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Pattern-specific contrast threshold elevation

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image of Spatial Vision
For more content, see Multisensory Research and Seeing and Perceiving.

Visual channels are defined psychophysically; stimuli that interact share information in the same channel, and those that do not interact are processed in different channels. Channels are often investigated by means of adaptation to one stimulus, testing contrast threshold elevation with one (or more) others. Much recent work has tested the tuning of channels for orientation and spatial frequency, using simple line gratings. This study examined the pattern-specificity of such adaptation, testing the hypothesis that the fundamental operators of the Lie Transformation Group Theory of Neuropsychology (LTG/NP) define psychophysical channels. In Experiment I the three basic pattern pairs of LTG/NP were used as adaptation and test stimuli in a conventional contrast threshold-elevation experiment. Threshold elevation was pattern-specific, thus supporting the hypothesis. In subsequent experiments various 'fractured' patterns, and patterns generated by combinations of Lie operators were used both for adaptation and test. The results were mixed; some supported the original hypothesis, but many did not. Relations between local contour orientations in adaptation and test patterns could explain some results, but not all. The hypothesis that adaptation occurs to the oriented spatial-frequency components of the test patterns, on the other hand, gave a good fit to the data. It is concluded that there is pattern-specificity in contrast threshold elevation, but it is a form of specificity that can be explained without recourse to a model of geometrical pattern processing, at least for the simple patterns used here.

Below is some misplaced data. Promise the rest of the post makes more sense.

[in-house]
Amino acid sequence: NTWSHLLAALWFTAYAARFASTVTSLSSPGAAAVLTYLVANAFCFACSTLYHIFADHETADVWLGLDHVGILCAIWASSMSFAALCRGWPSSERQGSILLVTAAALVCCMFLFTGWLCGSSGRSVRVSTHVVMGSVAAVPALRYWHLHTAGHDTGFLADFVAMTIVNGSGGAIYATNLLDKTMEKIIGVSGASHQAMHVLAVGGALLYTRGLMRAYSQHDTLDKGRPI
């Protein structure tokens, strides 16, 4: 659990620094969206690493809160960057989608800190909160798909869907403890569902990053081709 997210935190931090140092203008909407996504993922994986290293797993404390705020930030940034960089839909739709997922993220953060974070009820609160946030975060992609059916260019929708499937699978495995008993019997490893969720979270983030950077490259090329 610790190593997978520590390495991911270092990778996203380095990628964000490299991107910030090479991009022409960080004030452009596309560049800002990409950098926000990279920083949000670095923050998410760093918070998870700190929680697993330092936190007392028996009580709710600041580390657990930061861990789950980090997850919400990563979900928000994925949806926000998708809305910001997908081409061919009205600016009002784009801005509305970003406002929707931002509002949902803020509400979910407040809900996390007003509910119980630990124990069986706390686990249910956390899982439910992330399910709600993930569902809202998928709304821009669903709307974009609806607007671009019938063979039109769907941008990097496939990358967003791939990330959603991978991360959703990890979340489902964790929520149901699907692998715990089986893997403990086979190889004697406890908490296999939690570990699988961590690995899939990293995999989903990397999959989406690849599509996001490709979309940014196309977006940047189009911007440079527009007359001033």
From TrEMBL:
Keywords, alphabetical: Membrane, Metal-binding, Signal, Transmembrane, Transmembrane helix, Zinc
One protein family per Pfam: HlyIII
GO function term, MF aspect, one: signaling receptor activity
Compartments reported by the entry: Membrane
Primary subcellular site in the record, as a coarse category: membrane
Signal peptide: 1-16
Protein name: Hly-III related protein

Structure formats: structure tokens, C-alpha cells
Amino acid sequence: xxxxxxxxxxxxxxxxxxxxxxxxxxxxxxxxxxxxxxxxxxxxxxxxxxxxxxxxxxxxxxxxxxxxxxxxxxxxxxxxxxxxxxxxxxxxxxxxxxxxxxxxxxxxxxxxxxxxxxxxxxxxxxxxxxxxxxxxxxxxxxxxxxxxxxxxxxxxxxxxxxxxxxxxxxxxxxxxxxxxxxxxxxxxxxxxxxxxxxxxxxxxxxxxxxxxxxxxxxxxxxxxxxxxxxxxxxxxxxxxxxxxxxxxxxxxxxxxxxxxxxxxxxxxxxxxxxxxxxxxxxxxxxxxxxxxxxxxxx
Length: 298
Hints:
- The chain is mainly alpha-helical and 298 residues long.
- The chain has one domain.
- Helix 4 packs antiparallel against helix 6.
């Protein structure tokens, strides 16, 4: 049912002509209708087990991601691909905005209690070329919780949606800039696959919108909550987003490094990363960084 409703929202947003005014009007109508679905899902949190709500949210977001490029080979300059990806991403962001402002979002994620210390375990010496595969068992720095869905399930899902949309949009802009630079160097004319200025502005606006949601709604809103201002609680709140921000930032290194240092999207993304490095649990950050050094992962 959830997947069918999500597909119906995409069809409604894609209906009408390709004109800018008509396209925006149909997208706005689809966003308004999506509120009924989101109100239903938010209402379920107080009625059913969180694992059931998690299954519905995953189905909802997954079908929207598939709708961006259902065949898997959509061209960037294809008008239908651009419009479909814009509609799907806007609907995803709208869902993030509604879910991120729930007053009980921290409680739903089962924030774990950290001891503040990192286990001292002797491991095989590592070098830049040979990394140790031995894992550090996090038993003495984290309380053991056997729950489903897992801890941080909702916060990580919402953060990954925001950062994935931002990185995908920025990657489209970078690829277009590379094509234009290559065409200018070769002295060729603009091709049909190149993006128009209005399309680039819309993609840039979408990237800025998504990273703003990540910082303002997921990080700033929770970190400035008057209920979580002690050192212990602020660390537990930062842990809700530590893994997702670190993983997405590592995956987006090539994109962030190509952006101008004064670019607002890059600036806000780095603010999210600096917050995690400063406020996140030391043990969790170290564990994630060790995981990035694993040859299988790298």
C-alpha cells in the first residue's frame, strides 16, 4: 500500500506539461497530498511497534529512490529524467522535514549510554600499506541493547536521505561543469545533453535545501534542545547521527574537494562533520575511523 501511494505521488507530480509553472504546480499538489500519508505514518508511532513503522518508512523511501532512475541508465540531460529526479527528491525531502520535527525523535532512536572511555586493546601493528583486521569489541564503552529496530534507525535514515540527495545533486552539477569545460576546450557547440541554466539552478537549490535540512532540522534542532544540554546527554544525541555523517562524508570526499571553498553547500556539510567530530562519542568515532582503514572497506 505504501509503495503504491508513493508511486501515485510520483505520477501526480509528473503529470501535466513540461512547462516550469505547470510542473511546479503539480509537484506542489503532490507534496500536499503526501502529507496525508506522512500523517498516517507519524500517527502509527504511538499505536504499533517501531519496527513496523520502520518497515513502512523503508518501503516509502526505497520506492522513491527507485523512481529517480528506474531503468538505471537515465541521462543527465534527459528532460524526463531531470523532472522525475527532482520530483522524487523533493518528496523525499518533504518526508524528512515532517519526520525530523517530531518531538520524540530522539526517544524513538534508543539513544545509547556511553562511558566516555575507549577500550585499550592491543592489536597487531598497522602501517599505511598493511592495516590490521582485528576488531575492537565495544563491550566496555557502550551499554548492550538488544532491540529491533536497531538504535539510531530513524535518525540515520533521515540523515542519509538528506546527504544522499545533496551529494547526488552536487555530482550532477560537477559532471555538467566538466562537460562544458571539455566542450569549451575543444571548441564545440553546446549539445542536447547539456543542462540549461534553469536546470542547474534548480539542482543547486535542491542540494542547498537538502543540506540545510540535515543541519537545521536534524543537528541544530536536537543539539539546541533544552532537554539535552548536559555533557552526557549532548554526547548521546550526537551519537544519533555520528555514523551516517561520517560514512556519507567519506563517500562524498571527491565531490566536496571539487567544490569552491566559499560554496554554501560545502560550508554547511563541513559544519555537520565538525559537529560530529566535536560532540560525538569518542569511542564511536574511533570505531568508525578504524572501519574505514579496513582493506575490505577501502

Affiliations: 1: Department of Psychology, Queen's University, Kingston, Ontario, Canada K7L 3N6


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